So, largely led by my good ol' Facebook friends, I found myself several weeks ago drawn back to these two places. I began to feel the "click" when I started reading a book of John Michael's entitled The Joy of Music Ministry. Given my experiences with parish music ministry of late, I thought this would simply be a nice read from an old friend. Then I realized that he was talking about music ministry in the parish as a function of the mystical experience of Christ in His Church. Oh... My... It made me remember the first time I visited the Retreat Center associated with JMT's order. The retreat I was scheduled for had actually been cancelled, but I drove the 11 hours to Arkansas, anyway. Someone else who had turned out gave me his copy of the book the retreat was to be based on: The Lover and the Beloved. As I was reading outside on the silent hilltop, I remember suddenly gasping and saying out loud: "Oh... My..." because it suddenly hit me. There were people left on the face of this earth who lived and believed like the mystics of old, and the very spot on which I sat proved it. Well, that was that book. With this book, The Joy of Music Ministry, I realized that this "Oh.... My...." was the realization that within that prayer I prayed in my college library was something of a nascent call that I can now recognize as having sprouted in my life.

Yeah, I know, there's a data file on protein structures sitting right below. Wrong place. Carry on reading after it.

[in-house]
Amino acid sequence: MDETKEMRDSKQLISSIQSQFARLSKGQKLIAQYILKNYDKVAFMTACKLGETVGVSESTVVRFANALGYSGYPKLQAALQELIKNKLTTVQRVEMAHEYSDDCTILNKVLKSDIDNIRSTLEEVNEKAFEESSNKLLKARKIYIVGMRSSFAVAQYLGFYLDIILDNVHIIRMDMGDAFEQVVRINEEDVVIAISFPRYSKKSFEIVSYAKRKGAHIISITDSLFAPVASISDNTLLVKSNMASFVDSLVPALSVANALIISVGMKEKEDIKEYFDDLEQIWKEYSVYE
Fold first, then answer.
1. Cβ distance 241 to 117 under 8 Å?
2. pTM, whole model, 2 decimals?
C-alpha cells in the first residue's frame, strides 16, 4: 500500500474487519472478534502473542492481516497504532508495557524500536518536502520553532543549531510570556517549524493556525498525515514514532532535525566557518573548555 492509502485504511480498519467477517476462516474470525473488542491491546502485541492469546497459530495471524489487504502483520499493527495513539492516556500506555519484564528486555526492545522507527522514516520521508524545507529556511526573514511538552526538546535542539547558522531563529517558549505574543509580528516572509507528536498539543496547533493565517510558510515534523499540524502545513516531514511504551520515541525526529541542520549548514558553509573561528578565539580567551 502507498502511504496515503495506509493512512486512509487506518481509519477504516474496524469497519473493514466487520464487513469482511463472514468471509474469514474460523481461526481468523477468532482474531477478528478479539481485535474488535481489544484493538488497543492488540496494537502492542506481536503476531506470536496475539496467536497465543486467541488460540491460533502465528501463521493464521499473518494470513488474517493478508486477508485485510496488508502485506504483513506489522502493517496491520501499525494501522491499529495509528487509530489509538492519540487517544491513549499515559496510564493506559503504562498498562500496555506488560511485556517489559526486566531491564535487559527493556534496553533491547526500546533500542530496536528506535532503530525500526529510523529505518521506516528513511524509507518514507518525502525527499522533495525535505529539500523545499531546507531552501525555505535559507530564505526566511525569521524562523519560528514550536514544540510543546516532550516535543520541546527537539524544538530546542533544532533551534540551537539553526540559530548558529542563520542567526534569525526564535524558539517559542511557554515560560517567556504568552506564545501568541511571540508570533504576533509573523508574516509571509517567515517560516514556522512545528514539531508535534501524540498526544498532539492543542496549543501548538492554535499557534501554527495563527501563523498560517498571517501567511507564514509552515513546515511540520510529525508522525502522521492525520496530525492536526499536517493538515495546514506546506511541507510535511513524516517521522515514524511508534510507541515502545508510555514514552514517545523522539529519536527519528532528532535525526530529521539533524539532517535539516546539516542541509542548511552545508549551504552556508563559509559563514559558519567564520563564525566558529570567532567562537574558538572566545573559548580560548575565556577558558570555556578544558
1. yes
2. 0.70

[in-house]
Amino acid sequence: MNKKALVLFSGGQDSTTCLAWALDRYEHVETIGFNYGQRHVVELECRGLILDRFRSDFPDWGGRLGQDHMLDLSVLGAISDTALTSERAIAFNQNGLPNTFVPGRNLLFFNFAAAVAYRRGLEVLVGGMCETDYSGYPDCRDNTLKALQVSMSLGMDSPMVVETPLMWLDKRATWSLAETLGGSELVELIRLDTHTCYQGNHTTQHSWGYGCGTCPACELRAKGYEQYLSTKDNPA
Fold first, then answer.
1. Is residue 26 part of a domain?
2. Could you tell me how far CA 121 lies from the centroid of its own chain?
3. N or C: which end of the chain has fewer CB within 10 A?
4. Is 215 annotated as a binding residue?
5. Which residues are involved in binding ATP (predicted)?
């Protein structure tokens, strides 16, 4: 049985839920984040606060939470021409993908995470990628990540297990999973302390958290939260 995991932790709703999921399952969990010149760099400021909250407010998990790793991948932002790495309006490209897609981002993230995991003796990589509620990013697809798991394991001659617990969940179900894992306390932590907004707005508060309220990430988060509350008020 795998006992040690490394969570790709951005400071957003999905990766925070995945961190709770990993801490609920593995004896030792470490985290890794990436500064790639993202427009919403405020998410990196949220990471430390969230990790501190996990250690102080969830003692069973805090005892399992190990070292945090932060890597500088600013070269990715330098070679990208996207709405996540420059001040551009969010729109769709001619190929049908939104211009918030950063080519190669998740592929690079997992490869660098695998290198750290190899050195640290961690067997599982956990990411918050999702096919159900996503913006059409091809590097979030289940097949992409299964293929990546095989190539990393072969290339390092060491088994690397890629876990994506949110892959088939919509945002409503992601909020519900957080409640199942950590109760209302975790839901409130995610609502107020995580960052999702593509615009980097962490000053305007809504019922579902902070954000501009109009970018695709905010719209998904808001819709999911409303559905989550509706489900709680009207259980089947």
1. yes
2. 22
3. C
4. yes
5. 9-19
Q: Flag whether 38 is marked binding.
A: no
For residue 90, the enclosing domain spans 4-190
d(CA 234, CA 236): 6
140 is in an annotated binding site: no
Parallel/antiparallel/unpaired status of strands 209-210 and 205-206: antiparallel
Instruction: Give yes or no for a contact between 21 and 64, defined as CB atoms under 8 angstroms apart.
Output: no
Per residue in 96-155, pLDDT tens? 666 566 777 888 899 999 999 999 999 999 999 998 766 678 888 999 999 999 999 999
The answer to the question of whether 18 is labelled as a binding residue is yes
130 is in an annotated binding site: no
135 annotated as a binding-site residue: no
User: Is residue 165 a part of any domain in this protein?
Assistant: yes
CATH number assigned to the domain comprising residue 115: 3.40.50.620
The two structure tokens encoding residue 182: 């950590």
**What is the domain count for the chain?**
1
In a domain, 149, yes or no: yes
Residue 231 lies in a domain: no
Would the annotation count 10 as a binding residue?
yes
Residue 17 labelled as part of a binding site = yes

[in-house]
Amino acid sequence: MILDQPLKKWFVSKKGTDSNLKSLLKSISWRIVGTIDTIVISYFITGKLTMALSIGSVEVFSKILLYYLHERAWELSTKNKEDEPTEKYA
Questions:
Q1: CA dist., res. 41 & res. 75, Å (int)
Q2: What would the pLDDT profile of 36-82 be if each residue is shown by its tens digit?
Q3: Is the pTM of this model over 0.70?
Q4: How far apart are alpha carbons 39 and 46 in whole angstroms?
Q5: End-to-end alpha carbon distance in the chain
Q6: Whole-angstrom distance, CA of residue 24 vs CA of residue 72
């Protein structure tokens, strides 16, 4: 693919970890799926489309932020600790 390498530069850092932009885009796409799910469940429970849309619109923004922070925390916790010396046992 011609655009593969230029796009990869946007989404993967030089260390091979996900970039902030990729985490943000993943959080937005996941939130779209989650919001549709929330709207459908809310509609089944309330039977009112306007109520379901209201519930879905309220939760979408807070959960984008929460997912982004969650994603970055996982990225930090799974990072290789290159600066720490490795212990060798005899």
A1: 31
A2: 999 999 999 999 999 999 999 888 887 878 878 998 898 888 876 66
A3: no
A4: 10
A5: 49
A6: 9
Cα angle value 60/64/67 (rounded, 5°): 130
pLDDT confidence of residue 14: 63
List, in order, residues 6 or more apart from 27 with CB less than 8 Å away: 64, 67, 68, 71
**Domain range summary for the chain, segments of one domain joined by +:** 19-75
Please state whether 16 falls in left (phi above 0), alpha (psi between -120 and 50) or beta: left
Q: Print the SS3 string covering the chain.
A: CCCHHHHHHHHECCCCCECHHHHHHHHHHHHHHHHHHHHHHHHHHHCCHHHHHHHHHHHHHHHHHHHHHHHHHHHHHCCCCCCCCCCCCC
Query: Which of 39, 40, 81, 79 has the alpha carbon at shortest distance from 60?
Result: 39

So, that's where it comes back to being about the heart of worship, as the video says that I posted yesterday. As I look around the basement room where I am currently typing, I see a tremendous amount of clutter, stacks of papers, toys strewn everywhere, and lots and lots of things that violate my grandmother's rule: a place for everything and everything in its place. I'd like to think that my soul is not as cluttered as my basement, but I know that I can cling to things in my spiritual life and the life of my soul that I think I truly need to live. The truth of the matter is, sometimes I can start to choke on these things, and I need a re-ordering. I need spring cleaning. The song I posted says "I’m coming back to the heart of worship, and it's all about You, Jesus." Ok, that's not lofty Gregorian chant. Doesn't have to be. But the truth is, I am compelled within myself to respond when Jesus calls me: Yes, Lord. Your way, Lord.